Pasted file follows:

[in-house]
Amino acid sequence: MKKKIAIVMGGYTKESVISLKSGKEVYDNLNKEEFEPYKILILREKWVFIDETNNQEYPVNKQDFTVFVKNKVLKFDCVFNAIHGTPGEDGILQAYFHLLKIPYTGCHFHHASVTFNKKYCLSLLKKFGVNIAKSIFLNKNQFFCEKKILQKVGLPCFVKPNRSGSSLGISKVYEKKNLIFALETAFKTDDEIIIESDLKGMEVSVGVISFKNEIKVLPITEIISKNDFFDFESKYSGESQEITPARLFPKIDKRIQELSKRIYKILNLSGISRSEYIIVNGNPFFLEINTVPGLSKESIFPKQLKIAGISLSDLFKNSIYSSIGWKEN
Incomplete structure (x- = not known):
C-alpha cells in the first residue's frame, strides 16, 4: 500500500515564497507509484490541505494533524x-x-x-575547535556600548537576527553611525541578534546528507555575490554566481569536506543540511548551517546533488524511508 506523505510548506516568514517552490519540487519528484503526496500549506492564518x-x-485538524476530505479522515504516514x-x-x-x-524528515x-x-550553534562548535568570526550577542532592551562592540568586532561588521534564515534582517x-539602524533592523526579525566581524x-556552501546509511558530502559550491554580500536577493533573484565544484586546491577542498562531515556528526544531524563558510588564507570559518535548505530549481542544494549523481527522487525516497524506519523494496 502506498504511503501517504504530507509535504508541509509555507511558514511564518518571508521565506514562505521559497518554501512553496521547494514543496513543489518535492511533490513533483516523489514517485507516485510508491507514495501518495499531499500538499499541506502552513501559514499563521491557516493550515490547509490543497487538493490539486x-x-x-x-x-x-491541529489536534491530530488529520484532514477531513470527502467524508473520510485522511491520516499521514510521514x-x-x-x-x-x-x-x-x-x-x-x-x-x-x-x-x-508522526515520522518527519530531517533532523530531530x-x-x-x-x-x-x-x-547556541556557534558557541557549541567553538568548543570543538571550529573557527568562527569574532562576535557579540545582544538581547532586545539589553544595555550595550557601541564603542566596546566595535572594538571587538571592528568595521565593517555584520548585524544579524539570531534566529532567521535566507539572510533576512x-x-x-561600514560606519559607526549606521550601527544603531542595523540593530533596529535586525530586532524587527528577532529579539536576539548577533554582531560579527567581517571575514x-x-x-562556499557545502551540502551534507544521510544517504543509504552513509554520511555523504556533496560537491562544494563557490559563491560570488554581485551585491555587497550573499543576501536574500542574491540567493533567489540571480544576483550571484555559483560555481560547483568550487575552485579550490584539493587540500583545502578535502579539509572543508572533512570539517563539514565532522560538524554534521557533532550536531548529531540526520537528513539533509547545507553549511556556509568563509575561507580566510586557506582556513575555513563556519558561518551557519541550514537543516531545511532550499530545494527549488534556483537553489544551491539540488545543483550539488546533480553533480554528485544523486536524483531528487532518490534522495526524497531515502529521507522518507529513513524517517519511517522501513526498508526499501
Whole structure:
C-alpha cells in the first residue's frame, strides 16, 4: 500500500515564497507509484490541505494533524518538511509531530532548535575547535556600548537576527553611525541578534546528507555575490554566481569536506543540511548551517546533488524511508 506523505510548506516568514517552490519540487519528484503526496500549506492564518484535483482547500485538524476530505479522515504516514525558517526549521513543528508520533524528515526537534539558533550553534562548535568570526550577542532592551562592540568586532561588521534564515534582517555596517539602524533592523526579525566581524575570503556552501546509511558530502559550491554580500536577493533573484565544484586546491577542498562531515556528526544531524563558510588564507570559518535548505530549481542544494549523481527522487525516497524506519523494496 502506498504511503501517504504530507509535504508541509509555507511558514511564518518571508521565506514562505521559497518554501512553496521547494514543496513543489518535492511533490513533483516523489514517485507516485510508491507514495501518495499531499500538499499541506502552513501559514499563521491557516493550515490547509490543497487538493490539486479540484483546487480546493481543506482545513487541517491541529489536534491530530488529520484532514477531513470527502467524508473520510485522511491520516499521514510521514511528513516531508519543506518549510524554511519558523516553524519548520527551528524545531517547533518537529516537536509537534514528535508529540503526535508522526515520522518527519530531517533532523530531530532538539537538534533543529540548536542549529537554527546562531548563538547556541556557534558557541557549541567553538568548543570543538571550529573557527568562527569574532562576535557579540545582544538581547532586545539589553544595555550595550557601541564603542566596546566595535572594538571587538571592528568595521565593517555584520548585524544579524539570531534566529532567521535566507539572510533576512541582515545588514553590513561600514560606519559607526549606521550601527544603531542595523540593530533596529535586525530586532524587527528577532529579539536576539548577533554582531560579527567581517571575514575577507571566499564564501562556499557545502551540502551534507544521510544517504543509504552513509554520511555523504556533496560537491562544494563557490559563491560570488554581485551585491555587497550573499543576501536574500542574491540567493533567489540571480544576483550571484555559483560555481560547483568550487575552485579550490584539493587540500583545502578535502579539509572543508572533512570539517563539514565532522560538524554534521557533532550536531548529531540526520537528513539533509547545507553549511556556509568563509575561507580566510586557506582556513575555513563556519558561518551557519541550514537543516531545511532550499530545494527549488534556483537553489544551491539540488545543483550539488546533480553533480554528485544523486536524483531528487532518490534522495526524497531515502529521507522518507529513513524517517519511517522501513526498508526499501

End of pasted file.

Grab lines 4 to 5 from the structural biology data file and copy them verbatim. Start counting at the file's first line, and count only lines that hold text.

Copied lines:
C-alpha cells in the first residue's frame, strides 16, 4: 500500500515564497507509484490541505494533524x-x-x-575547535556600548537576527553611525541578534546528507555575490554566481569536506543540511548551517546533488524511508 506523505510548506516568514517552490519540487519528484503526496500549506492564518x-x-485538524476530505479522515504516514x-x-x-x-524528515x-x-550553534562548535568570526550577542532592551562592540568586532561588521534564515534582517x-539602524533592523526579525566581524x-556552501546509511558530502559550491554580500536577493533573484565544484586546491577542498562531515556528526544531524563558510588564507570559518535548505530549481542544494549523481527522487525516497524506519523494496 502506498504511503501517504504530507509535504508541509509555507511558514511564518518571508521565506514562505521559497518554501512553496521547494514543496513543489518535492511533490513533483516523489514517485507516485510508491507514495501518495499531499500538499499541506502552513501559514499563521491557516493550515490547509490543497487538493490539486x-x-x-x-x-x-491541529489536534491530530488529520484532514477531513470527502467524508473520510485522511491520516499521514510521514x-x-x-x-x-x-x-x-x-x-x-x-x-x-x-x-x-508522526515520522518527519530531517533532523530531530x-x-x-x-x-x-x-x-547556541556557534558557541557549541567553538568548543570543538571550529573557527568562527569574532562576535557579540545582544538581547532586545539589553544595555550595550557601541564603542566596546566595535572594538571587538571592528568595521565593517555584520548585524544579524539570531534566529532567521535566507539572510533576512x-x-x-561600514560606519559607526549606521550601527544603531542595523540593530533596529535586525530586532524587527528577532529579539536576539548577533554582531560579527567581517571575514x-x-x-562556499557545502551540502551534507544521510544517504543509504552513509554520511555523504556533496560537491562544494563557490559563491560570488554581485551585491555587497550573499543576501536574500542574491540567493533567489540571480544576483550571484555559483560555481560547483568550487575552485579550490584539493587540500583545502578535502579539509572543508572533512570539517563539514565532522560538524554534521557533532550536531548529531540526520537528513539533509547545507553549511556556509568563509575561507580566510586557506582556513575555513563556519558561518551557519541550514537543516531545511532550499530545494527549488534556483537553489544551491539540488545543483550539488546533480553533480554528485544523486536524483531528487532518490534522495526524497531515502529521507522518507529513513524517517519511517522501513526498508526499501
Whole structure: